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Men’s shed group doing bit to save birds | #childpredator | #onlinepredator | #sextrafficing

A community effort is helping to protect native birds on the Waiau Toa Clarence River.

Environment Canterbury has engaged the services of the Kaikōura Community Shed to build predator traps, while an agreement is in place with Clarence River Rafting to help lay a trapline.

Senior biodiversity officer Heath Melville said he had ordered 40 traps from the Kaikōura Community Shed in the latest round.

‘‘We’ve used the men’s shed on a number of projects and they are a great bunch to work with.’’

The predator traps were being made by a group of mostly retired men who met on a Thursday morning in the shed, tucked in behind Te Hā oMātauranga (Kaikōura Education Trust) in Ludstone Rd.

Known as ‘‘Blue’s Group’’, the group is looked after by Te Hā o Te Ora Kaikōura Health community support worker Belinda ‘‘Blue’’ Rickerby.

‘‘We have been working with Heath for a while and he has taken us out to where the traps are going.’’

Shed co-ordinator Darryl McRobie said the shed members enjoyed supporting community initiatives.

‘‘Heath is a really good contact for us because he wants to deal with local people, instead of employing out of town people to build their traps, which is great.’’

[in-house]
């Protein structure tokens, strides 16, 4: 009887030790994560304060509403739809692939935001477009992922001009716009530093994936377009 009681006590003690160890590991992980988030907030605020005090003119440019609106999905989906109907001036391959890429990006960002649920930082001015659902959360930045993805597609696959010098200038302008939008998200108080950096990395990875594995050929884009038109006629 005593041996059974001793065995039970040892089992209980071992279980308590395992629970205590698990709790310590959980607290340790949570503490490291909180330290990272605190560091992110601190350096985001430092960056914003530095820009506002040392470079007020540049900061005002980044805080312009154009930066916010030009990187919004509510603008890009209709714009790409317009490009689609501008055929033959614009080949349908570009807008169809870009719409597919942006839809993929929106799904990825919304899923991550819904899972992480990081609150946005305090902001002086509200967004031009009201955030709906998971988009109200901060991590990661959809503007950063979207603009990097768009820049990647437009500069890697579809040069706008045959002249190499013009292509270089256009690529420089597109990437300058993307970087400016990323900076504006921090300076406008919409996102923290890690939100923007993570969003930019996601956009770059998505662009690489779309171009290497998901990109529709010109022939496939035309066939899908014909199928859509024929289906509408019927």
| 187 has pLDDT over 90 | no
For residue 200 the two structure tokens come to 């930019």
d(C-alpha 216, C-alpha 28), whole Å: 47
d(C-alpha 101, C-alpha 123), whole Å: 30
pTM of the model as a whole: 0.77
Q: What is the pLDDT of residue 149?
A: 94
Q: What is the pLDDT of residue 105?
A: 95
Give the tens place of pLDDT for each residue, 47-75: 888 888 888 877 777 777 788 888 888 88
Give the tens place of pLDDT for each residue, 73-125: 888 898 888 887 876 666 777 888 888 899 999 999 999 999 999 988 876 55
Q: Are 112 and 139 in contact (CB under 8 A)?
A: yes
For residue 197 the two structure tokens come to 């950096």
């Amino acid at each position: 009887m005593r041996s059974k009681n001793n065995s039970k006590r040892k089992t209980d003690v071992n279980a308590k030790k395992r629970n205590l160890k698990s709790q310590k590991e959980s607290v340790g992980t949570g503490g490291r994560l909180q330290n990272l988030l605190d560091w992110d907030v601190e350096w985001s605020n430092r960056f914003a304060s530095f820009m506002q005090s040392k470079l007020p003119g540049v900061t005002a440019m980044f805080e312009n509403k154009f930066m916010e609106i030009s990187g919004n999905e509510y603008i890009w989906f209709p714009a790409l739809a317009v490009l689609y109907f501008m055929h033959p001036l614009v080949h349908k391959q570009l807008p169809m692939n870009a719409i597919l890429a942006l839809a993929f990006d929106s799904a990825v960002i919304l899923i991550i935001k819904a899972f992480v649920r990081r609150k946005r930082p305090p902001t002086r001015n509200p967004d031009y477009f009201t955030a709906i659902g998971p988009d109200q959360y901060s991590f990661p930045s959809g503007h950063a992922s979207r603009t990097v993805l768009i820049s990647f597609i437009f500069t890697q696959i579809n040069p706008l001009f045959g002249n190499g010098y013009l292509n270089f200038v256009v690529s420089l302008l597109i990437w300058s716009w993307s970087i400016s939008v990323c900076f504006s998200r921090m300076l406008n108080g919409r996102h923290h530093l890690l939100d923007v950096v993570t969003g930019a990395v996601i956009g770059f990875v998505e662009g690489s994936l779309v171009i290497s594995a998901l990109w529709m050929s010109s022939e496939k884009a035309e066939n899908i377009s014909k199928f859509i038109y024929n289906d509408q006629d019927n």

Environment Canterbury has allocated $4415 for the project from its 2022/23 action plan budget.

Mr Melville said a number of predators were captured in the traps last summer, but a trail of dead birds was found in the surrounding area demonstrating the need for trapping.

A recent count found 450 chicks plus adult birds at one location, but a follow up count found only 230 birds including around 150 juveniles.

‘‘It means that of the 450 chicks, it could be anywhere between 150 and 350 actually fledge,’’ he said. 

Native birds in the area included tarāpuka/black-billed gull, tara/white-fronted tern, tōrea/oystercatchers, taranui/caspian tern, tūturiwhatu/banded dotterel and poaka/pied stilt.

The traps were targeting southern black-backed gulls, rats, hedgehogs, stoats, weasels, ferrets and feral cats.

– By David Hill
Local Democracy Reporter

• Public interest journalism funded through New Zealand on Air

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